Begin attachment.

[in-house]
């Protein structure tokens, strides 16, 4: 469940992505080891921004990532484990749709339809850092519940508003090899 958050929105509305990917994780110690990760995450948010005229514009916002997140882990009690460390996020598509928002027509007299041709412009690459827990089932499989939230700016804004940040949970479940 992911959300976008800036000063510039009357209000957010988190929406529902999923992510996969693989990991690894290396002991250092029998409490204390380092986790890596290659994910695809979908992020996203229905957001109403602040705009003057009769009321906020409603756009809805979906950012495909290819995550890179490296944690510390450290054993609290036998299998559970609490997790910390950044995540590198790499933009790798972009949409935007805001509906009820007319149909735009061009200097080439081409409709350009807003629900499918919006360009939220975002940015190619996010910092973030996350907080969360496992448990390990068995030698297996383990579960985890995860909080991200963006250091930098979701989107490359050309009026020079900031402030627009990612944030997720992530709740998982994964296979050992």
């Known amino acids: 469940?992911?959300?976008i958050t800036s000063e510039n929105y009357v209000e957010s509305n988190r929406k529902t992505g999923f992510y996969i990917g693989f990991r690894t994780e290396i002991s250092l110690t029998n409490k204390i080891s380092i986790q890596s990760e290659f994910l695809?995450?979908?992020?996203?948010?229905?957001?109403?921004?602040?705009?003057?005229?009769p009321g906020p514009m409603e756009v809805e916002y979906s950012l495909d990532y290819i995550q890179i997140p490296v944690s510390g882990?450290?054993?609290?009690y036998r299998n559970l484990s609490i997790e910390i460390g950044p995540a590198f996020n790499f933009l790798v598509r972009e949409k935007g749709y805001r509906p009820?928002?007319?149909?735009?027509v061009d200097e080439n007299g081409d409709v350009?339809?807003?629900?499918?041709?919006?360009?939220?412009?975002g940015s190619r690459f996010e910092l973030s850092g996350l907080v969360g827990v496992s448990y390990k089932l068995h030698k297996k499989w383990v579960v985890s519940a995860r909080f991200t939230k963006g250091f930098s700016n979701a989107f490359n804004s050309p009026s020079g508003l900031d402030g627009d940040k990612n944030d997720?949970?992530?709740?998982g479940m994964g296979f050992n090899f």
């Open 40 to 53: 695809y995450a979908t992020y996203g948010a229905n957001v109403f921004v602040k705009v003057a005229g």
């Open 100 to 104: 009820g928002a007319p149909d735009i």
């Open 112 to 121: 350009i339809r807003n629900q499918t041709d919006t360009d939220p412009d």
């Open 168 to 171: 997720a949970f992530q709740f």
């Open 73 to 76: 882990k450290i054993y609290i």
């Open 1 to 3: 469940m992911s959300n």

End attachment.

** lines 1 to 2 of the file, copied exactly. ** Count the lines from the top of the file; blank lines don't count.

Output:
[in-house]
């Protein structure tokens, strides 16, 4: 469940992505080891921004990532484990749709339809850092519940508003090899 958050929105509305990917994780110690990760995450948010005229514009916002997140882990009690460390996020598509928002027509007299041709412009690459827990089932499989939230700016804004940040949970479940 992911959300976008800036000063510039009357209000957010988190929406529902999923992510996969693989990991690894290396002991250092029998409490204390380092986790890596290659994910695809979908992020996203229905957001109403602040705009003057009769009321906020409603756009809805979906950012495909290819995550890179490296944690510390450290054993609290036998299998559970609490997790910390950044995540590198790499933009790798972009949409935007805001509906009820007319149909735009061009200097080439081409409709350009807003629900499918919006360009939220975002940015190619996010910092973030996350907080969360496992448990390990068995030698297996383990579960985890995860909080991200963006250091930098979701989107490359050309009026020079900031402030627009990612944030997720992530709740998982994964296979050992």